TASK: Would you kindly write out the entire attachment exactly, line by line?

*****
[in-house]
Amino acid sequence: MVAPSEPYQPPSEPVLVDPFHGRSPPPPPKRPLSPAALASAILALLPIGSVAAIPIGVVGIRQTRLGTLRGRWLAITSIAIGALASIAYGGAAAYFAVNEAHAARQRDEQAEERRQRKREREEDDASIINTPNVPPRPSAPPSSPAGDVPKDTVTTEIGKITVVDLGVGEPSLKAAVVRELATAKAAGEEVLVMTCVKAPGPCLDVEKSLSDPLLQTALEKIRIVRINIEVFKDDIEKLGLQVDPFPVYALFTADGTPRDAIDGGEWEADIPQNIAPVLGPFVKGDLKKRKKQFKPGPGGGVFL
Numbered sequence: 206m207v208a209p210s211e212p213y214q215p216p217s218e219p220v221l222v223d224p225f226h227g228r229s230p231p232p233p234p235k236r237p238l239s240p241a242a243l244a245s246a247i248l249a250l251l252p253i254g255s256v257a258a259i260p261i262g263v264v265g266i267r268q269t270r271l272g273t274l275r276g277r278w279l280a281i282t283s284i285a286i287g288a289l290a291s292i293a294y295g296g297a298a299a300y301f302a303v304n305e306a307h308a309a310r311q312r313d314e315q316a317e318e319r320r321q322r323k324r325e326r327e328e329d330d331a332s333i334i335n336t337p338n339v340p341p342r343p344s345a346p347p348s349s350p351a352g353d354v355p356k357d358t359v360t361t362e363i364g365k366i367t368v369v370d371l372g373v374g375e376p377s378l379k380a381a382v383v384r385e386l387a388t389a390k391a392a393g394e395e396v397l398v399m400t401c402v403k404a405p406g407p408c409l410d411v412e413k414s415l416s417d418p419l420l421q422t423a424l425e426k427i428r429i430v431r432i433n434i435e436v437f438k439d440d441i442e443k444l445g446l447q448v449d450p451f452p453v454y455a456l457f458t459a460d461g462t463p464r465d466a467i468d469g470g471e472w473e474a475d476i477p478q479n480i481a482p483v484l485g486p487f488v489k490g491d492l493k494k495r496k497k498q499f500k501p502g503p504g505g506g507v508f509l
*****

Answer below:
[in-house]
Amino acid sequence: MVAPSEPYQPPSEPVLVDPFHGRSPPPPPKRPLSPAALASAILALLPIGSVAAIPIGVVGIRQTRLGTLRGRWLAITSIAIGALASIAYGGAAAYFAVNEAHAARQRDEQAEERRQRKREREEDDASIINTPNVPPRPSAPPSSPAGDVPKDTVTTEIGKITVVDLGVGEPSLKAAVVRELATAKAAGEEVLVMTCVKAPGPCLDVEKSLSDPLLQTALEKIRIVRINIEVFKDDIEKLGLQVDPFPVYALFTADGTPRDAIDGGEWEADIPQNIAPVLGPFVKGDLKKRKKQFKPGPGGGVFL
Numbered sequence: 206m207v208a209p210s211e212p213y214q215p216p217s218e219p220v221l222v223d224p225f226h227g228r229s230p231p232p233p234p235k236r237p238l239s240p241a242a243l244a245s246a247i248l249a250l251l252p253i254g255s256v257a258a259i260p261i262g263v264v265g266i267r268q269t270r271l272g273t274l275r276g277r278w279l280a281i282t283s284i285a286i287g288a289l290a291s292i293a294y295g296g297a298a299a300y301f302a303v304n305e306a307h308a309a310r311q312r313d314e315q316a317e318e319r320r321q322r323k324r325e326r327e328e329d330d331a332s333i334i335n336t337p338n339v340p341p342r343p344s345a346p347p348s349s350p351a352g353d354v355p356k357d358t359v360t361t362e363i364g365k366i367t368v369v370d371l372g373v374g375e376p377s378l379k380a381a382v383v384r385e386l387a388t389a390k391a392a393g394e395e396v397l398v399m400t401c402v403k404a405p406g407p408c409l410d411v412e413k414s415l416s417d418p419l420l421q422t423a424l425e426k427i428r429i430v431r432i433n434i435e436v437f438k439d440d441i442e443k444l445g446l447q448v449d450p451f452p453v454y455a456l457f458t459a460d461g462t463p464r465d466a467i468d469g470g471e472w473e474a475d476i477p478q479n480i481a482p483v484l485g486p487f488v489k490g491d492l493k494k495r496k497k498q499f500k501p502g503p504g505g506g507v508f509l